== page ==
With the Australian’s on eight points, Canada’s John McRoberts and Jackie Gay and Great Britain’s Alexandra Rickham and Niki Birrell are continuously falling back and sit on 23 points. And there is a sense of defeat from both teams creeping in.
With a 2,5 for the day, Gay talks about the Aussie chase ahead of her, “Obviously we have three races left, I guess the Australian’s could have a complete disaster. It could happen and it does happen. But we are just looking to maximise our performance and finish off this regatta as we started.”
The race for a medal is still on, even if it isn’t gold, and Gay has a plan in place ready to go – avoid any disqualifications, “Tomorrows plan will be to stay clean. No one wants letters on the scorecard. People want numbers. So race clean is our thing. We never do that engaging thing anyway, we just race our race and do what we do best and sail hopefully.”
Not thinking much further than the next day’s racing, Gay said, “To finish on the podium is just too much to think about at the moment, it would be amazing.”
Equal on points, Birrell talked through his teams 4,5 day, “The racing was great today in Rio, with good courses and good wind. Unfortunately, we didn’t have a great day with not being able to get the boat going fast at all. The next three races are really important now, as it is super close between second, third & fourth now, and no one wants to finish fourth.”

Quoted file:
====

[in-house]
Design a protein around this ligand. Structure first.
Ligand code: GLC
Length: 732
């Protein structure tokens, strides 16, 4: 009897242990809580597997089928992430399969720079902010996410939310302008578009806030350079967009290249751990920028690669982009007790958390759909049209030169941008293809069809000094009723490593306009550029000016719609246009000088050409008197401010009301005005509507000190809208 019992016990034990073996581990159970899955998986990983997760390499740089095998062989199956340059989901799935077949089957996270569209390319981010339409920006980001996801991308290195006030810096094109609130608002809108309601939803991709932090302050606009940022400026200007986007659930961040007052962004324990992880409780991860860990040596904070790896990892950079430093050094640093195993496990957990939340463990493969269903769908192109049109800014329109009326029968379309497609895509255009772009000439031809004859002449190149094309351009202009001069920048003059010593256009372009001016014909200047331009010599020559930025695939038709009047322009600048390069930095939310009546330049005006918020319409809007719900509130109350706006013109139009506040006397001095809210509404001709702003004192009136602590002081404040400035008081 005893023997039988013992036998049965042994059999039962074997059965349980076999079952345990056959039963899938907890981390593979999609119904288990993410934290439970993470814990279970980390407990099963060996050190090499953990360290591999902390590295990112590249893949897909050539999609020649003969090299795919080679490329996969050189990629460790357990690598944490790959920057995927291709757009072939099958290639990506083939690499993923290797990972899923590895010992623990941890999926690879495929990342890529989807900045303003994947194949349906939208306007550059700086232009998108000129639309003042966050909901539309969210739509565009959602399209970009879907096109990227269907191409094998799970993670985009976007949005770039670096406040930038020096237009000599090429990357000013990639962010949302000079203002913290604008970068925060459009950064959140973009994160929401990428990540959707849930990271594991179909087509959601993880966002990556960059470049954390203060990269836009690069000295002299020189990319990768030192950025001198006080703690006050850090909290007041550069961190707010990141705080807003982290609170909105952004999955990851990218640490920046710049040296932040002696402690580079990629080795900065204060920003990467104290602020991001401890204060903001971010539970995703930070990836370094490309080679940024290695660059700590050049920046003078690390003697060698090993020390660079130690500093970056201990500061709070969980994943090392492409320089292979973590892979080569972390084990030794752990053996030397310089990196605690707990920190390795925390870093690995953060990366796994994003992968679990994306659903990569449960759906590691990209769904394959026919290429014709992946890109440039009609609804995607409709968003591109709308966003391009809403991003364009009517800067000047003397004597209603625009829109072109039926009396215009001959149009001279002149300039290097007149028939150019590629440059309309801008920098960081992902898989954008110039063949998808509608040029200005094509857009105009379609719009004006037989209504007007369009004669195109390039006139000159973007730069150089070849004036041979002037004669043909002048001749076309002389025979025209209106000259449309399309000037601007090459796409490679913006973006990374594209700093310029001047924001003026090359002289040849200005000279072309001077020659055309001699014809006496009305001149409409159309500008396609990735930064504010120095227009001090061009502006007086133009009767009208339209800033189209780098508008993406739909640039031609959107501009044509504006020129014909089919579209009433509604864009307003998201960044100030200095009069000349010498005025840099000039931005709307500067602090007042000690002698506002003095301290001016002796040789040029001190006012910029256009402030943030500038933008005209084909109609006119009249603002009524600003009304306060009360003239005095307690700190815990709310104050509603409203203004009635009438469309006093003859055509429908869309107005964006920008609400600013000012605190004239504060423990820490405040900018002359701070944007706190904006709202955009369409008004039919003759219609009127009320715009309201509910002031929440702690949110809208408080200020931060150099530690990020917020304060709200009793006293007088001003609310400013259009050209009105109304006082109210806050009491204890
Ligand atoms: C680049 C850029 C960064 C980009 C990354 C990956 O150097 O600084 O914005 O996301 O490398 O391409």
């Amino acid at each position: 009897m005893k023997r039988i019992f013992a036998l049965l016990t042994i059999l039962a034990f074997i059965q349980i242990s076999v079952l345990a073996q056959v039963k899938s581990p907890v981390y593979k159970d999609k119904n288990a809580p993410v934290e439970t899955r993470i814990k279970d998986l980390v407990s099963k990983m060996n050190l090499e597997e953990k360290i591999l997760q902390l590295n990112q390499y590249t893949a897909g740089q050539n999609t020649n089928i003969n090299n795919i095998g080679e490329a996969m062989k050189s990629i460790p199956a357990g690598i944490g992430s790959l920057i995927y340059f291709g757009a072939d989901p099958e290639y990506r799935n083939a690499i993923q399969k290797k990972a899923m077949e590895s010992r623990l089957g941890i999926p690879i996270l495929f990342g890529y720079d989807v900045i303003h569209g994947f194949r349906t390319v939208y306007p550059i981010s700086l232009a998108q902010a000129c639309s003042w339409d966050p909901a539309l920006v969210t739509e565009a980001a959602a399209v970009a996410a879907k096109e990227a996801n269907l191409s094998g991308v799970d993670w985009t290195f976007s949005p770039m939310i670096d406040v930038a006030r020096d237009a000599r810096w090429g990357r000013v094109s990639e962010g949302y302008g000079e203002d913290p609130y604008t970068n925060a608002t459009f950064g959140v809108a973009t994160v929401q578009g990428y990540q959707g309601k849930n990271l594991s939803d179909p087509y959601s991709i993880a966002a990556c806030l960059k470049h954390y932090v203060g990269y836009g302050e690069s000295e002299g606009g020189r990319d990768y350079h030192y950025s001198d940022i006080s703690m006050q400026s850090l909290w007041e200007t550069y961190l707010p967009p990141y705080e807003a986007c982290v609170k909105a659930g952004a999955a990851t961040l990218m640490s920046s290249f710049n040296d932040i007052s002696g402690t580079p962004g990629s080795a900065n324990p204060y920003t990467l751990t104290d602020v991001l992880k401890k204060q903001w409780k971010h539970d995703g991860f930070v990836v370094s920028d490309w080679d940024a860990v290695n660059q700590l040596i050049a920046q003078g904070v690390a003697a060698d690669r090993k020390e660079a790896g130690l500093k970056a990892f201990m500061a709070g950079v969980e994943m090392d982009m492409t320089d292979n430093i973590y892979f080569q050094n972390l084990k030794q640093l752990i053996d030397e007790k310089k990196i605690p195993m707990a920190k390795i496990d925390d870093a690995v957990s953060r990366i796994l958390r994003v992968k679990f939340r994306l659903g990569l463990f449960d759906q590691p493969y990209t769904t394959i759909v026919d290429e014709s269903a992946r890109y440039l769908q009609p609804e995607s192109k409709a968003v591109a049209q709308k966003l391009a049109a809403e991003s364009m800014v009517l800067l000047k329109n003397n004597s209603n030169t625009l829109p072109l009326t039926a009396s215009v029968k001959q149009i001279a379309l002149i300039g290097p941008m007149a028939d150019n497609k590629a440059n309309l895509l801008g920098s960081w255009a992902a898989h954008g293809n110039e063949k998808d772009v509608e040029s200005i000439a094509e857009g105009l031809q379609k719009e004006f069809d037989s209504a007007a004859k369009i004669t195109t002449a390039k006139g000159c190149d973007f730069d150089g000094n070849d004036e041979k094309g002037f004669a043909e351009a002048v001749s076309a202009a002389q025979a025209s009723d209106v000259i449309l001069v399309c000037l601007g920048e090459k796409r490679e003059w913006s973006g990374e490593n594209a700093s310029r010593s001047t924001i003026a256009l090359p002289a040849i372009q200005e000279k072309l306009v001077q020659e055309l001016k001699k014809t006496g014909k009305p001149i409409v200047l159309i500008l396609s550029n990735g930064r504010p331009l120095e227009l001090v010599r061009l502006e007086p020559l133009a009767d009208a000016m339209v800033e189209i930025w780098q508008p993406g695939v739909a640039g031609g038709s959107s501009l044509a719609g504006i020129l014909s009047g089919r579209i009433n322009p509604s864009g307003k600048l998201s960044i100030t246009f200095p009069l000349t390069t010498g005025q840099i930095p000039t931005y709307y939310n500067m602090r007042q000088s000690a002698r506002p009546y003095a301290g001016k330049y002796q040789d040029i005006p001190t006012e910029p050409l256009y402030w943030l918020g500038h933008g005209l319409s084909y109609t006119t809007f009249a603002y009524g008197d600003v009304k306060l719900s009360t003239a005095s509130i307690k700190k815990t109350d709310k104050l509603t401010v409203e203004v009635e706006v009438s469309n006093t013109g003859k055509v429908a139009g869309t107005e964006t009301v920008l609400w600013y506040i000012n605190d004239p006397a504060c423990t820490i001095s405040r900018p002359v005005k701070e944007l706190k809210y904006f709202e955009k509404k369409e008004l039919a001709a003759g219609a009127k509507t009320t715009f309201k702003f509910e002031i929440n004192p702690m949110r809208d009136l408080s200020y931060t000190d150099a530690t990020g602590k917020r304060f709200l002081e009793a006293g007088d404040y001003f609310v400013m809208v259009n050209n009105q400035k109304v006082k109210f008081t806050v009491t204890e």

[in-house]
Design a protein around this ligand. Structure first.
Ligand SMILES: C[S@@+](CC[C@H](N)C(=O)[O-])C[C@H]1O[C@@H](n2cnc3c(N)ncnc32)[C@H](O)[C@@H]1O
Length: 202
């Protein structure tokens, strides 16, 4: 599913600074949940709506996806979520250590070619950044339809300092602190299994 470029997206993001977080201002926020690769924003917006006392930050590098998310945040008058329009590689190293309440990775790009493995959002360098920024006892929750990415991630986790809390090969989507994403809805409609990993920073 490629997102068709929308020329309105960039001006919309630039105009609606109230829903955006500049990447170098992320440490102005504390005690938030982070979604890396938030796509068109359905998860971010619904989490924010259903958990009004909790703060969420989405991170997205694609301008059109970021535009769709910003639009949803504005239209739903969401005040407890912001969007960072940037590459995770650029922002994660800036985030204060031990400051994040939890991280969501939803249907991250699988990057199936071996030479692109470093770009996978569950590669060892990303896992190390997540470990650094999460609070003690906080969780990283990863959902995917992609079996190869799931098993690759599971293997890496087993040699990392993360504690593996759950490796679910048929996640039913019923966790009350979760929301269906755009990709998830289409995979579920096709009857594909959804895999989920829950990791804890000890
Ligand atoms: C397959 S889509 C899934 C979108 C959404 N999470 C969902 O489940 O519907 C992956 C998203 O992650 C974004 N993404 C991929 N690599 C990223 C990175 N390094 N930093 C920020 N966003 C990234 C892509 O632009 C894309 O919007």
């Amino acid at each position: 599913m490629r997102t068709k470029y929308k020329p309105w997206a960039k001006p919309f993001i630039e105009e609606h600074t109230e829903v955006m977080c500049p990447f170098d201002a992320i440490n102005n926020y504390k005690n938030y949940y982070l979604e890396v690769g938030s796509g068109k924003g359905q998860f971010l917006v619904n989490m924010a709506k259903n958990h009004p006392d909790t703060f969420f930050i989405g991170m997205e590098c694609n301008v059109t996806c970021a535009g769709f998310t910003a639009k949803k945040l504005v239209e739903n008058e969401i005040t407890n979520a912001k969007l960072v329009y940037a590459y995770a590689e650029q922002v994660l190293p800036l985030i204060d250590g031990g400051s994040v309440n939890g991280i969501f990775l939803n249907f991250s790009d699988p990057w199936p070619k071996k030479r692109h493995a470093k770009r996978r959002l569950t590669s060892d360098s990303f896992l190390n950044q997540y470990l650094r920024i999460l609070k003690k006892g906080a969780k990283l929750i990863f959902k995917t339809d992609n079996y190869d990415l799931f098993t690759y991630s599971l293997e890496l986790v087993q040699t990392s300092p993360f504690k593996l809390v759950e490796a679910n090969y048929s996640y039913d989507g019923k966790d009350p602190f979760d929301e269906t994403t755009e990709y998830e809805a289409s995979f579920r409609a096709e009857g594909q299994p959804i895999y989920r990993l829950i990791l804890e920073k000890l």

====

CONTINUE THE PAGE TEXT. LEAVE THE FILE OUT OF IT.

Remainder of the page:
Someone will have to finish in fourth and someone has to take gold, but Birrell is resigned to the fact it will probably not be his team, “I don’t like to be negative and anything can happen, but we put on a lot of points today and the Australian’s went 1,1. I’m a positive person, but I think the gold is gone.
“I’m quite a positive person normally, or deluded normally, but now the gap is far too big. And our biggest concern is to sail well enough tomorrow to grab the Silver.”
The Britons will have to better the Canadian’s scores to take the silver, but both teams will also need to keep one eye on Monika Gibes and Piotr Cichocki (POL) behind them. Sitting in fourth on 29 points, the Polish team took a second and a third to edge ever closer to the podium positions.
Three Person Keelboat – Sonar
With not quite the same dominance as their compatriots in the SKUD18, the Australian Sonar team remain on top of the fleet to help their country lead across the board.
A bullet and a third gave Colin Harrison, Russell Boaden and Jonathan Harris another solid day of scoring, leaving them on 16 points to lead the fleet at the end of eight races. The Aussie team have been on it all week posting consistent top finishes, but to USA’s Rick Doerr, that isn’t really a surprise, “Here’s the thing, they have been the most consistent all year. Way back in Melbourne [at the 2015 Para World Sailing Championships] at the end of last year they were leading the regatta and just missed out at the end. Since then they have been on the podium in just about every regatta. Sailing World Cups. World Championships.